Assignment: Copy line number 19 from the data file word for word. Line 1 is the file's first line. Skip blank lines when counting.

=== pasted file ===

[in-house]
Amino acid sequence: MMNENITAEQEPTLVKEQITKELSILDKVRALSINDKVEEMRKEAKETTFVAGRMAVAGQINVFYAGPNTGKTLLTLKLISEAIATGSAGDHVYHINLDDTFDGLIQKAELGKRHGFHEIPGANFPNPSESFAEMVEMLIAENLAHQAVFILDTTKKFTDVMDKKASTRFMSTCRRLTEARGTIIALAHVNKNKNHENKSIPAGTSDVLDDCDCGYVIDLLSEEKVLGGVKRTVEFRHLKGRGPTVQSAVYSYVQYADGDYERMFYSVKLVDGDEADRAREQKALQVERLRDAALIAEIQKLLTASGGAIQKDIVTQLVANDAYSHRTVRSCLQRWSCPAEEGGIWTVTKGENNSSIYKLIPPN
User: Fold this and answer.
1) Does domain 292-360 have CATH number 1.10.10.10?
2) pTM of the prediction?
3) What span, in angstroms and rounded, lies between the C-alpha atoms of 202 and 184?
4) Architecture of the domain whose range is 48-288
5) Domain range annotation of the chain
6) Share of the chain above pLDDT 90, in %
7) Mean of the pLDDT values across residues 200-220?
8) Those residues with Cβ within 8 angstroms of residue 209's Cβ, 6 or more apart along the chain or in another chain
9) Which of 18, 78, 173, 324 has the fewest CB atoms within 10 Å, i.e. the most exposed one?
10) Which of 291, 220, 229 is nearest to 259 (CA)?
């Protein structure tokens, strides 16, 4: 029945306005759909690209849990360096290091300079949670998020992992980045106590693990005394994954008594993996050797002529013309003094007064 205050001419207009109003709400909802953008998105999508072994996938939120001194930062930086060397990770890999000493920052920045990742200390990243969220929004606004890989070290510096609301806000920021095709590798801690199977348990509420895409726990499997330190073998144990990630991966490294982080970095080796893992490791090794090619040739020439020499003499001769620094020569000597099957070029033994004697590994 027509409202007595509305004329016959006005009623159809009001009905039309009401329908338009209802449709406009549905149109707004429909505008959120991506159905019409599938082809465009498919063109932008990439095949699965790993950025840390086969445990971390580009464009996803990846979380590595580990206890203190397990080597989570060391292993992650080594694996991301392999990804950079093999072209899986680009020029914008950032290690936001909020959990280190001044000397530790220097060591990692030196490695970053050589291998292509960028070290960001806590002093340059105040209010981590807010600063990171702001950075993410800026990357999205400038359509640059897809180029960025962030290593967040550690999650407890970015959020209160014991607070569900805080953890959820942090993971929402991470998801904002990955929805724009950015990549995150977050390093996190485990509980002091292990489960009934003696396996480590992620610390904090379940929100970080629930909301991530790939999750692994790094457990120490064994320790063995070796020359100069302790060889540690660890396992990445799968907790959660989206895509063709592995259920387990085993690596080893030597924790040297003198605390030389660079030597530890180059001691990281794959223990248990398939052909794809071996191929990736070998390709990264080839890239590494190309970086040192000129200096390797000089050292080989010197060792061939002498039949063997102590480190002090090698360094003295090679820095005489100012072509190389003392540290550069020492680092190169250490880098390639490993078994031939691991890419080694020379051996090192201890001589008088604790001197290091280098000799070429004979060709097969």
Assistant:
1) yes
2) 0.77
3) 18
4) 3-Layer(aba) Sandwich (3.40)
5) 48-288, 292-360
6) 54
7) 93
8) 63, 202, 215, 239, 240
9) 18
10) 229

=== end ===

4) 3-Layer(aba) Sandwich (3.40)